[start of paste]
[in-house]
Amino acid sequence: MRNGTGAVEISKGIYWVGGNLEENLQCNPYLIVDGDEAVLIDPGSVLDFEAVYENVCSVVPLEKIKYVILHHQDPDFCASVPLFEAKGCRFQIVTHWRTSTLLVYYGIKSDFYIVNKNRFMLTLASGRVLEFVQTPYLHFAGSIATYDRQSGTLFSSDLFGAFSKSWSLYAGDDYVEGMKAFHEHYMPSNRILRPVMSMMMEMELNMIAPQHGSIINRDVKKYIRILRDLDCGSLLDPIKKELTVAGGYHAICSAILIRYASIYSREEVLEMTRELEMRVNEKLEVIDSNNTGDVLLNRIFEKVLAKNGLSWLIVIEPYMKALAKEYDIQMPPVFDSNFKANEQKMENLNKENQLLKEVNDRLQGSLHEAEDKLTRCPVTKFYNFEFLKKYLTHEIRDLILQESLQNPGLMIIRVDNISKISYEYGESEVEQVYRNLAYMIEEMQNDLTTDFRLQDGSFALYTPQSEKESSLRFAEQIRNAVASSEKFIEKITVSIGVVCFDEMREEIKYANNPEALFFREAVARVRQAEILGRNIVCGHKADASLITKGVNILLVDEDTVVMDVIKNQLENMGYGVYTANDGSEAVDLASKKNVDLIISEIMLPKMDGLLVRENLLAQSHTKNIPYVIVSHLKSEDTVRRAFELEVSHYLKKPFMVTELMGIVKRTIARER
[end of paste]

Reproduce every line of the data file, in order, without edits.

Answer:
[in-house]
Amino acid sequence: MRNGTGAVEISKGIYWVGGNLEENLQCNPYLIVDGDEAVLIDPGSVLDFEAVYENVCSVVPLEKIKYVILHHQDPDFCASVPLFEAKGCRFQIVTHWRTSTLLVYYGIKSDFYIVNKNRFMLTLASGRVLEFVQTPYLHFAGSIATYDRQSGTLFSSDLFGAFSKSWSLYAGDDYVEGMKAFHEHYMPSNRILRPVMSMMMEMELNMIAPQHGSIINRDVKKYIRILRDLDCGSLLDPIKKELTVAGGYHAICSAILIRYASIYSREEVLEMTRELEMRVNEKLEVIDSNNTGDVLLNRIFEKVLAKNGLSWLIVIEPYMKALAKEYDIQMPPVFDSNFKANEQKMENLNKENQLLKEVNDRLQGSLHEAEDKLTRCPVTKFYNFEFLKKYLTHEIRDLILQESLQNPGLMIIRVDNISKISYEYGESEVEQVYRNLAYMIEEMQNDLTTDFRLQDGSFALYTPQSEKESSLRFAEQIRNAVASSEKFIEKITVSIGVVCFDEMREEIKYANNPEALFFREAVARVRQAEILGRNIVCGHKADASLITKGVNILLVDEDTVVMDVIKNQLENMGYGVYTANDGSEAVDLASKKNVDLIISEIMLPKMDGLLVRENLLAQSHTKNIPYVIVSHLKSEDTVRRAFELEVSHYLKKPFMVTELMGIVKRTIARER